Uttarakhand floods: Horror resides in this valley

This article has been translated from a first person account originally in Hindi in Amar Ujala http://www.amarujala.com/news/states/uttarakhand/dehradun/now-horror-staying-in-the-valley/ by Ved Vilas Uniyal and Surendra Puri

We reach Harshil around noon. Harshil-Dharali, famous for scenic natural beauty and apple orchards is a ghost village. Everyone is subdued by catastrophe and scenes of devastation lie in all directions.

Horror has spread

The Harshil valley that used to bustle with tourists is now in the grip of fear. Terrifying scenes begin to greet the eyes in villages five to ten kilometers before reaching there itself.

About three hundred people are visible in the relief camp at the Harshil helipad. Everyone wants to reach Uttarkashi in any way they can. There are two options. Either be evacuated by Army helicopters or walk about 70 km of treacherous roads and mountain slopes.

In Harshil, people tell us about the devastation wreaked on nearby areas. To see ground conditions with our own eyes, we proceed in the direction of Dharali.

Last village in the country

We walk a little ahead of Harshil. Suddenly our eyes fall on apple orchards. These orchards have silt from the Jalandhari river. A little ahead, the birdsong was overwhelmed by the thundering river.

Everywhere the mountain is broken. At last we reached Dharali. This is the last village in India before the border. People start narrating their ordeals immediately. No one has reached here yet, see how the flood has wreaked devastation here. The rampaging Ksheer Ganga has destroyed homes, the market is washed away.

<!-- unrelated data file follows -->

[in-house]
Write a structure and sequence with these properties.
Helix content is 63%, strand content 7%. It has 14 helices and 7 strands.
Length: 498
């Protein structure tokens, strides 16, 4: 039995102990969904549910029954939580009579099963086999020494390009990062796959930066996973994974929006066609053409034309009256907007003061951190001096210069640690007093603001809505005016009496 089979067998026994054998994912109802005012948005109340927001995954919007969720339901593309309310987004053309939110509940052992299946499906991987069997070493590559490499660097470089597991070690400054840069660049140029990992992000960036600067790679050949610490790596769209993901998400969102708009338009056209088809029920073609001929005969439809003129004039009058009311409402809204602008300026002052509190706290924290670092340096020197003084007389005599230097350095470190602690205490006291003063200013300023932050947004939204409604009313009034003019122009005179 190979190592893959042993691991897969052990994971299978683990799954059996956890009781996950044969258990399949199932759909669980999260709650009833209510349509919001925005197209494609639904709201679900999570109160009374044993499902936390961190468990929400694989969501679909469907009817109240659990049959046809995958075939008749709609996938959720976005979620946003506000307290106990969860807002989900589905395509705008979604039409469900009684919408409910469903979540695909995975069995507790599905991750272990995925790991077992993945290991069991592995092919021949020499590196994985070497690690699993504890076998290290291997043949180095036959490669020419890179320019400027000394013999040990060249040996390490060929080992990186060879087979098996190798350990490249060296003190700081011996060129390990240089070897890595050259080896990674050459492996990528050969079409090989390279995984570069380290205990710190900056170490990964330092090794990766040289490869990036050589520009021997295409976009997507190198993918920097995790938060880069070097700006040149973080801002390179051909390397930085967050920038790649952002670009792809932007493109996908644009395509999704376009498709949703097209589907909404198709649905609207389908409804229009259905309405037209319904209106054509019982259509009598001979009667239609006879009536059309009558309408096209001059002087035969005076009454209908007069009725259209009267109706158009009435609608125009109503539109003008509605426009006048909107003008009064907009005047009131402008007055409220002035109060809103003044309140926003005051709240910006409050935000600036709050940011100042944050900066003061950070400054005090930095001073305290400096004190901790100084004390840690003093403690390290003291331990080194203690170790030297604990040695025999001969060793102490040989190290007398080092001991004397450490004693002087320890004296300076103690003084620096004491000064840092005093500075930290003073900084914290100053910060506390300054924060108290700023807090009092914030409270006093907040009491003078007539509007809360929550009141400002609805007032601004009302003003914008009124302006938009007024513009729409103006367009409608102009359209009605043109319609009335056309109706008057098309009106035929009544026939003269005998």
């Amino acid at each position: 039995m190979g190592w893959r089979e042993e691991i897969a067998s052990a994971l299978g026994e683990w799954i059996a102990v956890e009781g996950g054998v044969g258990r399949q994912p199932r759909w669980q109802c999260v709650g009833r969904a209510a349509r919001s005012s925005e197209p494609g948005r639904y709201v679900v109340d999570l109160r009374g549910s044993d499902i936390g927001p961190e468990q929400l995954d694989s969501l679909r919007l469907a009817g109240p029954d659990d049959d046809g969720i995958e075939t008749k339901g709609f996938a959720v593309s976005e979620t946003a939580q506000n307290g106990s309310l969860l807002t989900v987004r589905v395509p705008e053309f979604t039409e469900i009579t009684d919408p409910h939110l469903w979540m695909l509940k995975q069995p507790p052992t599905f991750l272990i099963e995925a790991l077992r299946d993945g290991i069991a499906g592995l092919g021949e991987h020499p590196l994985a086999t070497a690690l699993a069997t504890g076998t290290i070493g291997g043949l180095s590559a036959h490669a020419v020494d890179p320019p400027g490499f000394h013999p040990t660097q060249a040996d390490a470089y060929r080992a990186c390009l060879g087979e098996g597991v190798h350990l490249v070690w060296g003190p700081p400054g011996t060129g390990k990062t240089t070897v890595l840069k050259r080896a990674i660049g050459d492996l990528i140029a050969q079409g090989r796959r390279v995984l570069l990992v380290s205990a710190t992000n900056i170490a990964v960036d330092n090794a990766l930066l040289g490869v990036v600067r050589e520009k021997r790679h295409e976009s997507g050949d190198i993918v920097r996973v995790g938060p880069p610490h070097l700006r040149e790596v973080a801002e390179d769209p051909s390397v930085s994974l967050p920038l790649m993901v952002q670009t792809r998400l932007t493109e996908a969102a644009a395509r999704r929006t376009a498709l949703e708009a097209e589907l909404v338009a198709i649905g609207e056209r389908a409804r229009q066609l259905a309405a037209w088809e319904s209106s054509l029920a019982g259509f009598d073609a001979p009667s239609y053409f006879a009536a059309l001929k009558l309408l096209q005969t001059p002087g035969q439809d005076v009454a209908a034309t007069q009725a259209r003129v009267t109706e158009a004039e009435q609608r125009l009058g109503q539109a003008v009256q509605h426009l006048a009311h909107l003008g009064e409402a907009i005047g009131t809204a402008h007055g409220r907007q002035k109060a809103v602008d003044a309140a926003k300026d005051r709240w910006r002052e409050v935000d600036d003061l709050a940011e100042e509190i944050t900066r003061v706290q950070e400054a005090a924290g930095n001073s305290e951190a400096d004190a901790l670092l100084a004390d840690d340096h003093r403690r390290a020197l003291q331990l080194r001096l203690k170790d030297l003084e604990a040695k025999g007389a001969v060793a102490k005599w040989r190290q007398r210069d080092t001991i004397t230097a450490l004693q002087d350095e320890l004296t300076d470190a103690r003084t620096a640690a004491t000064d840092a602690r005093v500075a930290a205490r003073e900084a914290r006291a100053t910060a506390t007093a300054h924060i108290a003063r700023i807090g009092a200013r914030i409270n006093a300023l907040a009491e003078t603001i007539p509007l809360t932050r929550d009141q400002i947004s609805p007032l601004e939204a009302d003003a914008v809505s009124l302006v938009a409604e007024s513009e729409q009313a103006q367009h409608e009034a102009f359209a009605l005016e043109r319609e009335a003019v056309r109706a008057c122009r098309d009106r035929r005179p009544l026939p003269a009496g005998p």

What is left with us. Whom do we tell our suffering to, no one has come here. We see that the riverbed of Ksheer Ganga has debris up to ten feet.

Two hundred year old village

Jaibhagwan Pawar from this village tells us that the village is two hundred years old as is the Kalpkedar temple in it. At one time there were some two hundred and fifty temples like this here. Some say the Pandavas made them, others say Shankaracharya did. Ordeals and disasters leveled the temples one by one. Three temples had survived against the odds and two of them were gone in the last flood.

Now the remaining part of Kalpkedar temple is the symbol of hope here, but it has fifteen feet of debris in it now.

People are distressed that no one has come to them. They feel alone in this calamity. They only know of their own ravaged village. They ask us for news from beyond. All the villagers collect in one place. They are worried about provisions to run homes on. How long will it take for the road to Gangotri to be rebuilt? How long will their rations last?

What has passed has dealt grief. They are apprehensive of another mishap. Durgesh Pawar of the village points to the high glaciers above. “What you see up there is the Srikanth peak”

“Its Bugyals, (alpine high altitude grass meadows above timber line) are seeping water. Goatherds and trekkers have alerted them that there is a crack forming. If that section of the mountain collapses, we will not even be capable of narrating or ordeals.” This anxiety doesn’t let them sleep.

Ksheer Ganga has wreaked destruction

One of them tells that on the black night of 16th June, there was a blast. Torrents of rain, deodars about to get washed away in the river and the water had changed color. (Flooding rivers become dark with silt and debris). People are apprehensive of the color of the water.

Disturbed by a sudden tremendous noise, when we came out, Ksheer Ganga had wreaked more havoc already.

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